And in fuch forms which here were presuppos'd
Upon thee in the letter: pr'ythee, be content
This practice hath most shrewdly past upon thee;
But when we know the grounds and authors of it,

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Thou

Thou shalt be both the plaintiff and the judge
Of thine own cause.

Fab. Good Madam, hear me fpeak,
And let no quarrel nor no brawl to come
Taint the condition of this present hour,
Which I have wondred at. In hope it fhall not,
Moft freely I confefs my felf and Toby
Set this device against Malvolio here,
Upon some stubborn and uncourteous parts
We had conceiv'd against him. Maria writ
The letter, at Sir Toby's great importance,
In recompence whereof he hath married her.
How with a sportful malice it was follow'd,
May rather pluck on laughter than revenge,
If that the injuries be justly weigh'd,
"That have on both fides past.

Oli. Alas, poor fool! how have they baffled thee! Clo. Why, fome are born great, fome atcbieve greatness, and fome bave greatness thrust upon them. I was one, Sir, in this interlude; one Sir Topas, Sir, but that's all one: by the Lord, fool, I am not mad; but do you remember, Madam, why laugh you at fuch a barren rafcal? an you Smile not, be's gagg'd: and thus the whirlgigg of time brings in his revenges.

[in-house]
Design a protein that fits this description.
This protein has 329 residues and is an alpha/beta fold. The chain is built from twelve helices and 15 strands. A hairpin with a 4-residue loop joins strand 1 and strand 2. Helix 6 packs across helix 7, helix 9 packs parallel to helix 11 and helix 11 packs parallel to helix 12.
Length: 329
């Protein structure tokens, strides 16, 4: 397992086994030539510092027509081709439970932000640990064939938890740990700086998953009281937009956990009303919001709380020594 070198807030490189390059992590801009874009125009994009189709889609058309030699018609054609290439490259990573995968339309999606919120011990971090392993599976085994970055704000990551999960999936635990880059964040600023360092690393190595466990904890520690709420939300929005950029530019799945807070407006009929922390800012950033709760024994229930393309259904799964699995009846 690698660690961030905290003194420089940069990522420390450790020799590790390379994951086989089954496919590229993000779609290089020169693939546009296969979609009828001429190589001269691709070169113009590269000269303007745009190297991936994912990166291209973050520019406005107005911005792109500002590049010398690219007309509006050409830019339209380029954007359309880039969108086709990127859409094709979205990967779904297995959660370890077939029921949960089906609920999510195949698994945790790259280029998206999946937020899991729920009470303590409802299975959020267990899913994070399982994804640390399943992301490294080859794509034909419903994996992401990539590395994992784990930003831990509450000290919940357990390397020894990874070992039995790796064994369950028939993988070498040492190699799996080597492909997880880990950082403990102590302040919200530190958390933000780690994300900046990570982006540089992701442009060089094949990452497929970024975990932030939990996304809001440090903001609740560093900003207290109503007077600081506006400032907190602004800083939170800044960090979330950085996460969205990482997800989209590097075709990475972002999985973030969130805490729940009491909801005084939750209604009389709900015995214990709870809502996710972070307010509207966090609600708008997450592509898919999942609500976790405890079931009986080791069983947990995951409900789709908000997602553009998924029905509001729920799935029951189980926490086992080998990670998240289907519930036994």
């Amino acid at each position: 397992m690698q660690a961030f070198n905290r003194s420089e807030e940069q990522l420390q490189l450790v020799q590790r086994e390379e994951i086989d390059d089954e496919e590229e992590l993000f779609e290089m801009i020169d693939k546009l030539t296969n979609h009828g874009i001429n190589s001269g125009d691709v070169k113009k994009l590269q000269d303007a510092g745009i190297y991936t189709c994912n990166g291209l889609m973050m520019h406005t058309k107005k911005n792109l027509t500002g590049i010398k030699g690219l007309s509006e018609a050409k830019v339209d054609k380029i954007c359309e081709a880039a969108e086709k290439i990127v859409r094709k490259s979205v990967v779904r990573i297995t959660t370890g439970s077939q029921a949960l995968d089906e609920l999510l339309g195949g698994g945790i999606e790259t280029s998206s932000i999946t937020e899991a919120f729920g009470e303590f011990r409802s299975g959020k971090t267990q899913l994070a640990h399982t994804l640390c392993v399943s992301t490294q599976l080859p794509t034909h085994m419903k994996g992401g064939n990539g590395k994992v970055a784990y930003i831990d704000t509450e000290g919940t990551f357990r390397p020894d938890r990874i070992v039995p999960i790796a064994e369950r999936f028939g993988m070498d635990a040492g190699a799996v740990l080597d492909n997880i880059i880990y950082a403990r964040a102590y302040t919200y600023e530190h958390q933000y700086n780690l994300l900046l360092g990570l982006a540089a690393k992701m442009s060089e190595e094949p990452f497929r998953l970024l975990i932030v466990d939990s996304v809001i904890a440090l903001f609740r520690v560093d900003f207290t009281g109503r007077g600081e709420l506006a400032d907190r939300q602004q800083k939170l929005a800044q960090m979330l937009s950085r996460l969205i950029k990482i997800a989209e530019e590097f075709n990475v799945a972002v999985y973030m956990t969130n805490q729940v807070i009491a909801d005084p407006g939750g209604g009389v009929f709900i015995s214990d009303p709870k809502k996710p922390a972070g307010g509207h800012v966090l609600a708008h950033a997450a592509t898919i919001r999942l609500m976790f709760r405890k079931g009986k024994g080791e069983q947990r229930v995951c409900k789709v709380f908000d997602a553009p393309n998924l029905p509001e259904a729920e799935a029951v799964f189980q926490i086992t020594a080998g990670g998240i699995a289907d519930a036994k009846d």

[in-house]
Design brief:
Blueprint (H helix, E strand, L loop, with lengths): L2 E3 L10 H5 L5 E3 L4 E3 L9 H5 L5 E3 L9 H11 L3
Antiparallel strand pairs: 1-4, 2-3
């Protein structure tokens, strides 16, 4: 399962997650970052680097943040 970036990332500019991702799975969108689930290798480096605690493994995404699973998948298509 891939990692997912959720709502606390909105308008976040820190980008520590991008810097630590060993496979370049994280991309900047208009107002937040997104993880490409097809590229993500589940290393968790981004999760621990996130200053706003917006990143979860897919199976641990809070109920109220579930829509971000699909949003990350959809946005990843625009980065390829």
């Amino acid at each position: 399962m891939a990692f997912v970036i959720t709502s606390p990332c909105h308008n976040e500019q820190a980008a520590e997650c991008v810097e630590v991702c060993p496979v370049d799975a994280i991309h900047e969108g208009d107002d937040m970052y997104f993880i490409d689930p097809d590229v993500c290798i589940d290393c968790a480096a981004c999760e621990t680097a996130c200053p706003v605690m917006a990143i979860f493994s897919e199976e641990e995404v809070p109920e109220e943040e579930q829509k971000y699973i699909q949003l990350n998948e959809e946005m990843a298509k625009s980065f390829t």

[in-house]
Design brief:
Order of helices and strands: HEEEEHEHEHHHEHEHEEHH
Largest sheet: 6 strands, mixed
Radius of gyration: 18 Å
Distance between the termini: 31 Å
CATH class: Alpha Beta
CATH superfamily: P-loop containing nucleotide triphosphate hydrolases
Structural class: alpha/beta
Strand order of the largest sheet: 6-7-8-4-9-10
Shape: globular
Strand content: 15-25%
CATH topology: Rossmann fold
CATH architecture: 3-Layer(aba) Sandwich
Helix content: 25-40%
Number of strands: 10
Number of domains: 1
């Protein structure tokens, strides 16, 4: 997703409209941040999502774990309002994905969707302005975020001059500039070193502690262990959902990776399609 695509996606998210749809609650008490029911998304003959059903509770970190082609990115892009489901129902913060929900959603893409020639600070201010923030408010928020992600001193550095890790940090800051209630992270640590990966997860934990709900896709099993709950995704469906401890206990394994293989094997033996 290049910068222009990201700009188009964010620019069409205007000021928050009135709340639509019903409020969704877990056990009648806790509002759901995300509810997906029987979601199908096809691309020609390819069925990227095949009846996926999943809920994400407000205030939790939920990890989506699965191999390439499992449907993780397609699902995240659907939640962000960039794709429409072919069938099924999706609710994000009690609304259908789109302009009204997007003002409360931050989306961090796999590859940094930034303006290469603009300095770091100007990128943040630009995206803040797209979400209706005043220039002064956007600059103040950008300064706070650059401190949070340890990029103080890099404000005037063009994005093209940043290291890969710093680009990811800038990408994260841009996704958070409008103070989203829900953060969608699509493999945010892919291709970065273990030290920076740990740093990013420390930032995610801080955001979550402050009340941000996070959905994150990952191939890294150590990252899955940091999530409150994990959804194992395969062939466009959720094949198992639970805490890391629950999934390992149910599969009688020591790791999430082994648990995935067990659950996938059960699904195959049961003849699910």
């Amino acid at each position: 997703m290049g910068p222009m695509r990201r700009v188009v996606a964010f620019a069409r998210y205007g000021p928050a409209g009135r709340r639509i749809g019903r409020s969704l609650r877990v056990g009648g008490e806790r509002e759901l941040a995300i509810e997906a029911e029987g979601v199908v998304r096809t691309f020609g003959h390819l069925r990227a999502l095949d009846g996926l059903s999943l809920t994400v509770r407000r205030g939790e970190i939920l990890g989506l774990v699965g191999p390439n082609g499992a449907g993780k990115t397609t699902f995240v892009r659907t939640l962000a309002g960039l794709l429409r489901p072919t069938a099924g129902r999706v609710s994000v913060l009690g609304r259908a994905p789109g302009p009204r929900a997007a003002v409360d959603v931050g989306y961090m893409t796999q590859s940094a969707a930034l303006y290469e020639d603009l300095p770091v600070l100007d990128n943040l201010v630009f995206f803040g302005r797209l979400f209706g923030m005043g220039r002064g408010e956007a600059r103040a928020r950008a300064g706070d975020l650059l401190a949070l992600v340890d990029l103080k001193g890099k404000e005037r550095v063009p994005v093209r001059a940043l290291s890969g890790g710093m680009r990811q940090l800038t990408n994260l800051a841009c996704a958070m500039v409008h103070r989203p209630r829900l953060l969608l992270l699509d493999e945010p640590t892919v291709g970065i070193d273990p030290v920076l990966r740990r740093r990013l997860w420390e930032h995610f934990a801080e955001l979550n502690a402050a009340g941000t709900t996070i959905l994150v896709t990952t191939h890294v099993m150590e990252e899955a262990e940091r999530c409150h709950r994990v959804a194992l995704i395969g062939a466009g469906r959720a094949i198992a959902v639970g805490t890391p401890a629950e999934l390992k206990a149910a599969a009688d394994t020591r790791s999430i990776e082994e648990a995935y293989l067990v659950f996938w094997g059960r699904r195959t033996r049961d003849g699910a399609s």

Mal. I'll be reveng'd on the whole pack of you. [Exit. Oli. He hath been most notoriously abus'd.

Duke. Pursue him, and intreat him to a peace :

He hath not told us of the captain yet;

When that is known, and golden time convents,
A folemn combination fhall be made

Of our dear fouls. In the mean time, fweet fifter,
We will not part from hence. Cefario, come,
For fo you fhall be while you are a man ;
But when in other habits you are feen,
Orfino's mistress, and his fancy's queen.

Clown fings.

When that I was and a little tiny boy,
With bey, bo, the wind and the rain s
Afoolish thing was but a toy,

For the rain it raineth every day.

[Exeunt.

But

But when I came to man's eftate,
With bey, bo, &c.

Gainft knaves and thieves men shut their gate,
For the rain, &c.

But when I came, alas! to wive,
With bey, bo, &c.

By fwaggering could I never thrive,
For the rain, &c.

But when I came unto my bed,
With bey, bo, &c.

With tofs-pots I bad drunken bead,
For the rain, &c.

A

great while ago the world begun,
With bey, bo, &c.

But that's all one, our play is done,

And we'll ftrive to please you every day. [Exin

The End of the THIRD VOLUME.